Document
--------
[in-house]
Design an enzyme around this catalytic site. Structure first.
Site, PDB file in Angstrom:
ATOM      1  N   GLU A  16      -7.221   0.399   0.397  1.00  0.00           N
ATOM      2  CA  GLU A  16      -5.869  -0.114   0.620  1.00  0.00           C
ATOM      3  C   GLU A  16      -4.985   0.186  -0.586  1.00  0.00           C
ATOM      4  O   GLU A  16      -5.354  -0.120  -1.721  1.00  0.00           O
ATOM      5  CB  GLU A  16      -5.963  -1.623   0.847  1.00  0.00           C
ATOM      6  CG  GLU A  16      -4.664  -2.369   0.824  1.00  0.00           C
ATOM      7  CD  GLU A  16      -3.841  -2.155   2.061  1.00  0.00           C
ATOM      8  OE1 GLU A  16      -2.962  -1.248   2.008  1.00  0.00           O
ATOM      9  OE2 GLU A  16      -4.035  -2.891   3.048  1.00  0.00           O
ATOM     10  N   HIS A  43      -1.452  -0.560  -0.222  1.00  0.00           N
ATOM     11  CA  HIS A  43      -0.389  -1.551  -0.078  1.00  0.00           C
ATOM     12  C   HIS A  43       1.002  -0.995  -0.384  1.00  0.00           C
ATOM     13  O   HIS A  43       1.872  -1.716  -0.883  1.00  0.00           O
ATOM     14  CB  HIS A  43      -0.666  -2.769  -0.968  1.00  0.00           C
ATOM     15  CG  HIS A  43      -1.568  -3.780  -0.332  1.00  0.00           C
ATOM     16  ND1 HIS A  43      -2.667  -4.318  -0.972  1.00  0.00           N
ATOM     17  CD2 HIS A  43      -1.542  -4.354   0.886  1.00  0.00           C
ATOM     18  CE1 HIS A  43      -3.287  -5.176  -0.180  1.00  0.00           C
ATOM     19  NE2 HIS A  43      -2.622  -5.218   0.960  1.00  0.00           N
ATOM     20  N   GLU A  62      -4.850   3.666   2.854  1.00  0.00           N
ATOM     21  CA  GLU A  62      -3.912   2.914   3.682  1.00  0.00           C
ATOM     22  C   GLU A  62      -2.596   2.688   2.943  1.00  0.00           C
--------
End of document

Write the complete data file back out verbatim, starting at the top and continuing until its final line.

[in-house]
Design an enzyme around this catalytic site. Structure first.
Site, PDB file in Angstrom:
ATOM      1  N   GLU A  16      -7.221   0.399   0.397  1.00  0.00           N
ATOM      2  CA  GLU A  16      -5.869  -0.114   0.620  1.00  0.00           C
ATOM      3  C   GLU A  16      -4.985   0.186  -0.586  1.00  0.00           C
ATOM      4  O   GLU A  16      -5.354  -0.120  -1.721  1.00  0.00           O
ATOM      5  CB  GLU A  16      -5.963  -1.623   0.847  1.00  0.00           C
ATOM      6  CG  GLU A  16      -4.664  -2.369   0.824  1.00  0.00           C
ATOM      7  CD  GLU A  16      -3.841  -2.155   2.061  1.00  0.00           C
ATOM      8  OE1 GLU A  16      -2.962  -1.248   2.008  1.00  0.00           O
ATOM      9  OE2 GLU A  16      -4.035  -2.891   3.048  1.00  0.00           O
ATOM     10  N   HIS A  43      -1.452  -0.560  -0.222  1.00  0.00           N
ATOM     11  CA  HIS A  43      -0.389  -1.551  -0.078  1.00  0.00           C
ATOM     12  C   HIS A  43       1.002  -0.995  -0.384  1.00  0.00           C
ATOM     13  O   HIS A  43       1.872  -1.716  -0.883  1.00  0.00           O
ATOM     14  CB  HIS A  43      -0.666  -2.769  -0.968  1.00  0.00           C
ATOM     15  CG  HIS A  43      -1.568  -3.780  -0.332  1.00  0.00           C
ATOM     16  ND1 HIS A  43      -2.667  -4.318  -0.972  1.00  0.00           N
ATOM     17  CD2 HIS A  43      -1.542  -4.354   0.886  1.00  0.00           C
ATOM     18  CE1 HIS A  43      -3.287  -5.176  -0.180  1.00  0.00           C
ATOM     19  NE2 HIS A  43      -2.622  -5.218   0.960  1.00  0.00           N
ATOM     20  N   GLU A  62      -4.850   3.666   2.854  1.00  0.00           N
ATOM     21  CA  GLU A  62      -3.912   2.914   3.682  1.00  0.00           C
ATOM     22  C   GLU A  62      -2.596   2.688   2.943  1.00  0.00           C